2) Be Active, like never it is important to keep our minds and body active and distract ourselves from the constant news reporting on Covid 19. This can be achieved by going for short walk with strict adherence to the social distancing guidelines , consider some gardening, planting flowerpots, find a place for a bird box, take out a board game. When out and about be mindful of social distance. Fresh air and green exercise are well known to provide physical and psychological health benefits.

3)Take Notice, very important to be aware and know what is happening around us and to keep in contact with best advice being issued by the HSE. It can also be helpful for peace of mind to limit our engagement with the constant media flow switch off, tune into favourite music, tv programmes, documentaries on national and local radio stations. It is also helpful to listen in occasional and or tune into TV to access to inform yourself through trustworthy sources on the current outbreak. It can support you and your family to feel more in control and accepting of the situation on hand. Rumour and speculation are a very poor combination for wellbeing. Take notice of how you are feeling and those around you and look at the Five Ways and the opportunities to consider to enhance your wellbeing.

4) Keep Learning, this is also a timely chance to explore online free learning opportunities of which there are many. Google free online learning opportunities. If you are not already a Library member you can join online for free and get access to so many educational resources for yourself and your family. Down load the “Borrow Box “ App to explore the pandora box of free resources everything form books to free newspapers to your favourited magazine including “Hello”https://www.librariesireland.ie/join-your-library RTE has many podcast and documentaries freely available. It is also worth noting that the following also offer free on lien courses https://suicideorsurvive.ie/ free wellness Workshop, You matter workshop and On line Family Carer Training https://alzheimer.ie/about-dementia/family-carer-training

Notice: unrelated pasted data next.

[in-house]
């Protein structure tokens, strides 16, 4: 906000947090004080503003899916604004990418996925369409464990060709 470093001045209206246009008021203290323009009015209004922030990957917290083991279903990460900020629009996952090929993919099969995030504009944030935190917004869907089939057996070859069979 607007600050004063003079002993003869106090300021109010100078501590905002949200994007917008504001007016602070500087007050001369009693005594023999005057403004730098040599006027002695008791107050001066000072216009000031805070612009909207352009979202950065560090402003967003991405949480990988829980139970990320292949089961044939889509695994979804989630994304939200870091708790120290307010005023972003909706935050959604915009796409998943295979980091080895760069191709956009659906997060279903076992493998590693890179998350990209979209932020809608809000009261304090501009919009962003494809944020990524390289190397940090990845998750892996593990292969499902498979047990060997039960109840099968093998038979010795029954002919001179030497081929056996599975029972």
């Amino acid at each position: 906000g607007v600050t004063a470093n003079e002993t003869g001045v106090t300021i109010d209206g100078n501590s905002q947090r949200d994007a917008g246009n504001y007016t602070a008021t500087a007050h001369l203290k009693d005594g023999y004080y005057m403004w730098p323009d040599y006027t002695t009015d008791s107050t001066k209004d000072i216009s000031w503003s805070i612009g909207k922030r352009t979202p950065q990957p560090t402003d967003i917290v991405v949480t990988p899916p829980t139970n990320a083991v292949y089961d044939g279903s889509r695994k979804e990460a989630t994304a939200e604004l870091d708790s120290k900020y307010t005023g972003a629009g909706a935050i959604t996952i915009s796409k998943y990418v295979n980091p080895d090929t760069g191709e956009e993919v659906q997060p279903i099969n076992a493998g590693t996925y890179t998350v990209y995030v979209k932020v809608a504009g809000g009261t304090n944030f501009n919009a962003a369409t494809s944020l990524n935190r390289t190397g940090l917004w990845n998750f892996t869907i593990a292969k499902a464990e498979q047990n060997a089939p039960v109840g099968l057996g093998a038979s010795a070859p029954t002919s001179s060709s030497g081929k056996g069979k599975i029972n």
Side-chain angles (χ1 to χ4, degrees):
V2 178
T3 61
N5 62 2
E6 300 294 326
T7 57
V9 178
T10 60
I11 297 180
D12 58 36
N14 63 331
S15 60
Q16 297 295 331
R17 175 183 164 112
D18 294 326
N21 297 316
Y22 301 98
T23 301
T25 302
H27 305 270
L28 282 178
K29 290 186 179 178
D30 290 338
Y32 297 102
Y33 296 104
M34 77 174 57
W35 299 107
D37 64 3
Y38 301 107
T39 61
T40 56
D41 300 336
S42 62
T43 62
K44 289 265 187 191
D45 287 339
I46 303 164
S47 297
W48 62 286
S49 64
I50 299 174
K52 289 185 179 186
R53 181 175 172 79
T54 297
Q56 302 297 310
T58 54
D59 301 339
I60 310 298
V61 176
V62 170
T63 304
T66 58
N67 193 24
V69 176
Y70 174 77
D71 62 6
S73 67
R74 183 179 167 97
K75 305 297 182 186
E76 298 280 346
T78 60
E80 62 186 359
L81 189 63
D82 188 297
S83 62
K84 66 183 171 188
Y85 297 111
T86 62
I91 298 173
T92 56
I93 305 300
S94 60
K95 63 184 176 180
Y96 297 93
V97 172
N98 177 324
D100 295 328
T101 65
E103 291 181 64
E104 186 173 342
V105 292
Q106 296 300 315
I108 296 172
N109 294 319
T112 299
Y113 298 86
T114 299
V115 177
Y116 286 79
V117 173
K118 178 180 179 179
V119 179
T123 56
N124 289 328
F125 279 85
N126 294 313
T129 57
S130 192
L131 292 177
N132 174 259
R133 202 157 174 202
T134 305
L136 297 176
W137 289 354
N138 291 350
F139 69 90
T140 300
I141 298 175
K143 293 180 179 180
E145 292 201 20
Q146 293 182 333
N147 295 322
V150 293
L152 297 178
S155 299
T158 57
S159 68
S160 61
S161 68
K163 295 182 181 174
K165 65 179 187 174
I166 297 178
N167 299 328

5) Give – give yourself the space and time to look after yourself, this is not a selfish sentiment. This includes ensuring you maintain a healthy diet, build in exercise. As best you can stick to your daily work routine. We can also watch out and try to reassure others that we know that maybe worried and check in on people where possible that are living alone. ALONE have a national helpline 0818 222 024 It is also important to have open and helpful conversation with younger family members who may through their own social media platforms be worried and concerned. It will be helpful as well to reassure older members of our community who maybe experiencing a degree of confusion about current matters.

Finally remember and let it be your mantra TEAM- Together Everyone Achieves More and the recent supportive words of our President Michael D Higgin “Take care and watch out for each other.” We all must adjust for the short term and be optimistic for the immediate future. Nature will continue to thrive so let us support our own wellbeing to thrive similarly. It is true to say, “Every day may not be good, but there is something good in every day”. The challenge is identifying this positive moment and savouring it and using the Five Ways to Wellbeing. Keep in contact with my organisation Mental Health Ireland www.mentalhealthireland.ie for many new ways and ideas to support wellbeing in these tough times.

Finola Colgan, Development Officer Mental Health Ireland

086 8353387

finola@mentalhealthireland.ie